Leadership in the fear of the world

We live in a terrible world. It is a world haunted by terrorist threats, threatened by harmful warfare. There is a world of plague of tsunamis, monster hurricanes, earthquakes, tornadoes, severe drought, famine and rage errors. But this often takes place to fear right in our streets in the neighborhood. What was once a shopping mall, transportation and society has become a war zone just outside our door. Children are often not safe in the classroom, and unfortunately not even in their own homes.

Haunted with insecurity and agitation, shaken with fear, the world hungry for great leadership, for guidance and direction from those with a cold head and clear vision. If you are in a leadership position and very few of us are not, do not wait for a great leader to appear. Big leaders are not born – they become. A major leader is the one whose heart is transformed, often in times of crisis. You can be a great leader to come up with in your family, community or business setting.

Webster defines a crisis as irregular activity, radical changes in status, unstable or critical time or state of affairs in which a critical change is made; especially one with clearly the possibility of a very undesirable departure.

With this definition in mind, handling a crisis is no longer an option for all leaders. Leaders must be prepared to cope with the crisis and their production at home, among friends and at work. If it's an offensive option, encourage yourself. You are much more willing to be a peacekeeper in an important situation that you report. Keep these steps in mind.

1. Take you first. You are not good for anyone if you are out of control. Join your own feelings, immediately your needs. As the airlines have been telling us for years, put the oxygen mask first on you, and you can be available to those in need.

2. Tell the truth about the situation. Use your good judgment to share what information is appropriate. It's not necessary to share all the gory details simply because they exist. The need to share impressive data will separate leaders from the spotlight.

3. Relieve stress, as much as possible. Give a controlling atmosphere where people can talk through their fears, as they can share what they have experienced and how they feel about it.

4. Confirm the experience. Do not try to talk people out of their feelings; not comment and altogether, do not judge. Listen them out; Admit them and then be prepared to help them move on.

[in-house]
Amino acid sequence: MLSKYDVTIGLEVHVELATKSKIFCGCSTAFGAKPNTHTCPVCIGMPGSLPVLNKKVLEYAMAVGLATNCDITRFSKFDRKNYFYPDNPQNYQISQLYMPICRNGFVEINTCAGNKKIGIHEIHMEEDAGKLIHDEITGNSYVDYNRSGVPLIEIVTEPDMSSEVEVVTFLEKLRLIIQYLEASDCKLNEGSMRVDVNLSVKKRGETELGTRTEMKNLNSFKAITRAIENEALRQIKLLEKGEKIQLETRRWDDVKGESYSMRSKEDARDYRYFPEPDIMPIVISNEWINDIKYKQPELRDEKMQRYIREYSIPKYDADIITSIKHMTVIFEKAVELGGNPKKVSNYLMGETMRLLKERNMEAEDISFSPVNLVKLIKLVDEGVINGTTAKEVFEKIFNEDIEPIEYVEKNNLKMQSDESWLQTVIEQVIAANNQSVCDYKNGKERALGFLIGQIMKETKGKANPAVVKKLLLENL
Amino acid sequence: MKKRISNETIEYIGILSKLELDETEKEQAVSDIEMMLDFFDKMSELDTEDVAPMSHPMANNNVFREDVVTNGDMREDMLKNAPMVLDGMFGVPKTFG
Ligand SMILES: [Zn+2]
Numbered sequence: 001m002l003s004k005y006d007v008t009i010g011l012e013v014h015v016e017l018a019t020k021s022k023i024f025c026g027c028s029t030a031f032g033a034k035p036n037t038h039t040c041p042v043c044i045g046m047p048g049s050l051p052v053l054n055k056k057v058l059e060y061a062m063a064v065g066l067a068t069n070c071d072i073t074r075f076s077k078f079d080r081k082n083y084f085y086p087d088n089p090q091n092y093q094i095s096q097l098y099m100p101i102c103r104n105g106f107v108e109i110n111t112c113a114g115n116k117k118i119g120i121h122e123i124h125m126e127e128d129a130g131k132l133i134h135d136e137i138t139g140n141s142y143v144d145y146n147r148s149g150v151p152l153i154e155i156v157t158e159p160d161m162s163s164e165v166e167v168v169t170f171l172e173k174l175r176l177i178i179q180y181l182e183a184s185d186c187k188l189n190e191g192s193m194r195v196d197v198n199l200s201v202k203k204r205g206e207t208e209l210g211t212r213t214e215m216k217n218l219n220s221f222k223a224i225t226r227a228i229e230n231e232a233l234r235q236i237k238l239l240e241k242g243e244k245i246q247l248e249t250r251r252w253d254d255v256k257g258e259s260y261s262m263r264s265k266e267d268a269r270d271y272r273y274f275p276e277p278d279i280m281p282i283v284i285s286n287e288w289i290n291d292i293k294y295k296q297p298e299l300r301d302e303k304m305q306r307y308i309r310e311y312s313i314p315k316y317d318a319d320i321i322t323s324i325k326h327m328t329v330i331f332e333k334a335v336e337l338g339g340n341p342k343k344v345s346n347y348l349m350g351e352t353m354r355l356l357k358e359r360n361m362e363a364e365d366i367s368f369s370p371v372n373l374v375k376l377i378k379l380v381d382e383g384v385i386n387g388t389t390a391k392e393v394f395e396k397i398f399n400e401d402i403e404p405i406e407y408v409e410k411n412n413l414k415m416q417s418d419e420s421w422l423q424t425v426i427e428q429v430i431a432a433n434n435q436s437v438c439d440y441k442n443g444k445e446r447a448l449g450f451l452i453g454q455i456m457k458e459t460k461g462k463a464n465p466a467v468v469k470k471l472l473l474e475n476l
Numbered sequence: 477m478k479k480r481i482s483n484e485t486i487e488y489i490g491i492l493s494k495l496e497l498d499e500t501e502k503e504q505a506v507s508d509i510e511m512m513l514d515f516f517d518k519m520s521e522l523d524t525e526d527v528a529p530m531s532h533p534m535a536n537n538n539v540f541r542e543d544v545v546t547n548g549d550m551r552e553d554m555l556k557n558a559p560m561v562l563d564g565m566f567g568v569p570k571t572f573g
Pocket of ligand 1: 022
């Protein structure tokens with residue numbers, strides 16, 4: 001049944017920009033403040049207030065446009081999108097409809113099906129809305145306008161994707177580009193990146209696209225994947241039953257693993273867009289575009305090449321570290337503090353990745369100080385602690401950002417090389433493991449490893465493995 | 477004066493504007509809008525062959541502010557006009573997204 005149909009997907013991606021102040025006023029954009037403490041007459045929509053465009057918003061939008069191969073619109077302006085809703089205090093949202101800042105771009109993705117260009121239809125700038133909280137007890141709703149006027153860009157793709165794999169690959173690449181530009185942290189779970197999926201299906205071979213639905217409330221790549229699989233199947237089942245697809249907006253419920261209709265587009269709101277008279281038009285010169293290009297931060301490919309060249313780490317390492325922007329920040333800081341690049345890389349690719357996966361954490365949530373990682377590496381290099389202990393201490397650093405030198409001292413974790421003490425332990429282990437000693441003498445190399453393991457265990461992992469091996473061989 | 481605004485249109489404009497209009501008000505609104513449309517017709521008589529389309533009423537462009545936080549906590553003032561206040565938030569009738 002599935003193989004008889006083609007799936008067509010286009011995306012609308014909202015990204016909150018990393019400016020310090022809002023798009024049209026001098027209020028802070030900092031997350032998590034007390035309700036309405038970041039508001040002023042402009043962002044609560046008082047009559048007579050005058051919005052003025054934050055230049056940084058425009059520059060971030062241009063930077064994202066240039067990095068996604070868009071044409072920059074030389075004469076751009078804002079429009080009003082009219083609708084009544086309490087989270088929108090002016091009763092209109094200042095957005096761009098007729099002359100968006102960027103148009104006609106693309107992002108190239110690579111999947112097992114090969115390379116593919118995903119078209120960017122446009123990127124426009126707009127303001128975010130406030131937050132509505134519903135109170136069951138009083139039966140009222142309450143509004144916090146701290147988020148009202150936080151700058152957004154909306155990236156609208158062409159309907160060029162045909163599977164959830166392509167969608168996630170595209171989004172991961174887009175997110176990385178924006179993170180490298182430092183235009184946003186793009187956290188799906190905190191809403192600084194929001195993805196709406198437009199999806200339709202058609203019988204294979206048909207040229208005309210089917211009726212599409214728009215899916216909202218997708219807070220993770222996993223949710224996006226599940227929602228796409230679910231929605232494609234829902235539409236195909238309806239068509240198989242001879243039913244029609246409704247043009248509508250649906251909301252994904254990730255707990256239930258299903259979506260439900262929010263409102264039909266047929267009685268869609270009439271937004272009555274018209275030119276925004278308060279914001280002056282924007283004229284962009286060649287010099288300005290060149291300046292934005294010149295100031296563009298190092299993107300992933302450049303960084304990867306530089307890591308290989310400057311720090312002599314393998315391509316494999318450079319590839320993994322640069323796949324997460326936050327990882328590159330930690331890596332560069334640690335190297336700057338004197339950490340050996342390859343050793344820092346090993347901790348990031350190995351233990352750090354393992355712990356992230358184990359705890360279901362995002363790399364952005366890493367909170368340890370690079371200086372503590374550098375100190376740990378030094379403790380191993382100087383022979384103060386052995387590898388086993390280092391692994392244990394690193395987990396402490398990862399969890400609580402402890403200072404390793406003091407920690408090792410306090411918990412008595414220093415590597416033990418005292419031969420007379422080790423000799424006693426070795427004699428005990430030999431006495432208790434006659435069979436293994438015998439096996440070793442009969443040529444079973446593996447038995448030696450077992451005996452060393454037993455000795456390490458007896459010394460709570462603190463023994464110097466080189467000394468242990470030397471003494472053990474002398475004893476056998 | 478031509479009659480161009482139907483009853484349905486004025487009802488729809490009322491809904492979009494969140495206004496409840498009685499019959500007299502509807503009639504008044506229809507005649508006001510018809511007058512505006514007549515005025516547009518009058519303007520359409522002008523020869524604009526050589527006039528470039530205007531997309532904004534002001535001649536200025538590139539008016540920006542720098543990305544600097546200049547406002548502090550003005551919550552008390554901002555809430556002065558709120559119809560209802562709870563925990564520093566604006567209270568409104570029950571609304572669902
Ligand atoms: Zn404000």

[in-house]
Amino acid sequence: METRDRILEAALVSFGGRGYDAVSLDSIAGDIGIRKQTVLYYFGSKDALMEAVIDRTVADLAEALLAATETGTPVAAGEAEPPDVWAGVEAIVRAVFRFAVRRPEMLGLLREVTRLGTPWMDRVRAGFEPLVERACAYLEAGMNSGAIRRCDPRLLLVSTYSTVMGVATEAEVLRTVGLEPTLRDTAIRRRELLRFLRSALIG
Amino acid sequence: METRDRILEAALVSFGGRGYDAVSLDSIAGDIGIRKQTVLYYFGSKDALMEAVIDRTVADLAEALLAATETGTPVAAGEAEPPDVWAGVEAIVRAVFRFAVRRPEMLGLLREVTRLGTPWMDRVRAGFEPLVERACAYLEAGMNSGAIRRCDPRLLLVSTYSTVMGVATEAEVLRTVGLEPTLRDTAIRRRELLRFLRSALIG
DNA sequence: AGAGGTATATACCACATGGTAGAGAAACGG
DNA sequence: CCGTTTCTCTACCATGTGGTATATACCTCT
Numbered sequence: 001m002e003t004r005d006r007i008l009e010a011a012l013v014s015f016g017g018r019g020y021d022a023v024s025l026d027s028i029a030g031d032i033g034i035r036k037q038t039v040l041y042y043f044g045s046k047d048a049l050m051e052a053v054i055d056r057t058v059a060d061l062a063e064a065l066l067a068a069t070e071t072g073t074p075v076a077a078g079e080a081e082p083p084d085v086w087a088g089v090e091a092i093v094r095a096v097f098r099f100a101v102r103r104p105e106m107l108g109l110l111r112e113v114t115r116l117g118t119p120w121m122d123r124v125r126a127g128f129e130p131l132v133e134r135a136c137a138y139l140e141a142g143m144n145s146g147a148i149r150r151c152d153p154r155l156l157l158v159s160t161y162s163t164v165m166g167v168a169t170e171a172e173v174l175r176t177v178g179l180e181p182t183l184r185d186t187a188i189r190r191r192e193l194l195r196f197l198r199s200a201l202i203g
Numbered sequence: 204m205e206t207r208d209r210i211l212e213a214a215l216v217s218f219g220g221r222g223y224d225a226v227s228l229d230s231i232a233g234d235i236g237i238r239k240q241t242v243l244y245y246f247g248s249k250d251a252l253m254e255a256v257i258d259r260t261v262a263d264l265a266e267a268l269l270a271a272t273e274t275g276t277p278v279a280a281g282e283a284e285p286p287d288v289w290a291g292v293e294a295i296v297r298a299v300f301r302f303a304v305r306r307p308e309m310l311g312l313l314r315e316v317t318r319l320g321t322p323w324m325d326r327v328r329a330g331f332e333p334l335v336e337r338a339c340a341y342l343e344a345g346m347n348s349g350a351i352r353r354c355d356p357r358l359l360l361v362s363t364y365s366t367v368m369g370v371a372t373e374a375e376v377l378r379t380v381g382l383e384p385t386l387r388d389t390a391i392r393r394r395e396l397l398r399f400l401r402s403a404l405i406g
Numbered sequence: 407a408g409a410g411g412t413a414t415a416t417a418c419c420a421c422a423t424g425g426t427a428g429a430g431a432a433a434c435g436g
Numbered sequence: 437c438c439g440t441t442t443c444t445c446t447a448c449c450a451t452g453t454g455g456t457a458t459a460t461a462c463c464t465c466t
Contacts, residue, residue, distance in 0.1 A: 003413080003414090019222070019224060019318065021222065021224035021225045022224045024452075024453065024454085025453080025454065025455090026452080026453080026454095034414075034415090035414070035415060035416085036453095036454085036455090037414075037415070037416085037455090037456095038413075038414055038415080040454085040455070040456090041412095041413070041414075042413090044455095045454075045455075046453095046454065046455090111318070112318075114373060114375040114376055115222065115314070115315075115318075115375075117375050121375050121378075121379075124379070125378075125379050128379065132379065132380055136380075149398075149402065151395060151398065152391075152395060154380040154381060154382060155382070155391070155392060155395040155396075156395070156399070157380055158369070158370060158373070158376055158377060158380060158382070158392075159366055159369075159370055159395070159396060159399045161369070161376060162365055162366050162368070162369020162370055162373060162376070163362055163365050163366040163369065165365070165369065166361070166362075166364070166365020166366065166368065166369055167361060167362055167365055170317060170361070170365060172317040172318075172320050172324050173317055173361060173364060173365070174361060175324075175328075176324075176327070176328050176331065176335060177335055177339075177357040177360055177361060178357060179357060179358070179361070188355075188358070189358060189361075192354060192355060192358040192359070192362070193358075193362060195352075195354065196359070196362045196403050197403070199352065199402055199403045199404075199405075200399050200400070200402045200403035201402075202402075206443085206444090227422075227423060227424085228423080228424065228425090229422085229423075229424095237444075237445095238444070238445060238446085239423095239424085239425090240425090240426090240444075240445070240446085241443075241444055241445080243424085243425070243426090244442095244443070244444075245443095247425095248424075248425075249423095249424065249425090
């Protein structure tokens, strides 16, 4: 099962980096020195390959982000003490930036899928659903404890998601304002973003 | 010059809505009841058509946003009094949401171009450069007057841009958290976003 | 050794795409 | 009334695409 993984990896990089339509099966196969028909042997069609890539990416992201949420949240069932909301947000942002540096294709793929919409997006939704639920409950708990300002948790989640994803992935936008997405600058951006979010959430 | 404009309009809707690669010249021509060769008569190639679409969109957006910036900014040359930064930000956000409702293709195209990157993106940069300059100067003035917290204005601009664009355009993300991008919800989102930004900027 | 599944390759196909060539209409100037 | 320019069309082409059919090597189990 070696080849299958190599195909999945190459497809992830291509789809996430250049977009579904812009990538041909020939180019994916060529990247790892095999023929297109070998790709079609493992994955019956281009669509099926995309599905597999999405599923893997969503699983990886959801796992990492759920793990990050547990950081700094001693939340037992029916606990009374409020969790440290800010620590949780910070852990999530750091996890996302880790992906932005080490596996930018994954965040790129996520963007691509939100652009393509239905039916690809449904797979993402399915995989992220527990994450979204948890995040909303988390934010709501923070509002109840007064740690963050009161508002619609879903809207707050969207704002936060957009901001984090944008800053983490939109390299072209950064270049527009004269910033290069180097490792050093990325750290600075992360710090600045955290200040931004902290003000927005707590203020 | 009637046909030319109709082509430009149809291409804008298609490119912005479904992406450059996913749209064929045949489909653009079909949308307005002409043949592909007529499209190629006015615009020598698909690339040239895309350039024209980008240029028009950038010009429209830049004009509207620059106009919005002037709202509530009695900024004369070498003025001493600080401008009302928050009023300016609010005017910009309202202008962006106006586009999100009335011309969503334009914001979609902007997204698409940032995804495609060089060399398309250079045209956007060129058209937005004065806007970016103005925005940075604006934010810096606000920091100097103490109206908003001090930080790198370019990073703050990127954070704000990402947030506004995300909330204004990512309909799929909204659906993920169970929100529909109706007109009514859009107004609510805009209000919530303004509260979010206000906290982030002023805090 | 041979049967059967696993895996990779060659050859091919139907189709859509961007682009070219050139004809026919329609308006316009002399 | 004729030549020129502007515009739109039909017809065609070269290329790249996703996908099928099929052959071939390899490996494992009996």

5. Give the opportunity to move on to normal operation. While true normal is not possible for some time, realize what will be necessary to return to normal activities and facilitate it.

6. Recognize and cope with the acute reaction. Be prepared to hire professionals to evaluate those whose responses appear to be distinct, situations where individuals may be potentially hazardous to themselves or others.

7. Provide resort 24/7. From the toilet for those who are moved by tornado to the scene to share memories of deceased members, a super leader will see in the eyes of desperate and provide what helps victims begin to feel empowered.

8. Do not always promise what you can not afford. But do not hesitate to praise what you know you can. In times of crisis, people will depend on what is available. As a leader, you are bound to make your deals concrete and be ready to stand behind them, at all costs.

9. Communication, communication, communication. Keep all communication channels open and flow. Repeat each call over and over again. Ear in crisis may not hear what is said until the fourth or fifth say. And remember there are two ways. Listening is as important as accounting information. Be prepared to hear the same story until it no longer has to be said.

Comfort comes in all shapes and sizes. Big leaders often look like grandparents with comfortable circles or paramedics who assign a teddy bear with driving hours or neighbors who make their homes available at the moment.

Major leaders are the ones who establish and ensure instructions. They guide and teach and protect. They provide tools; They advise, arbitration and shield. They comfort and foster and encourage. And when time is right they will even produce. Whatever they carry, if they are accomplishing this, they have transformed hearts and they have become leaders. The need is great and they are very precious to us at this time. Be among them. Remember, that's not what you do; that's what you will be!

Note: For more information or to attend formal training in a resolution response, contact the International ICISF, US CAC, US Red Cross, or Local Government.

Copyright 2005 Thanks to management funds


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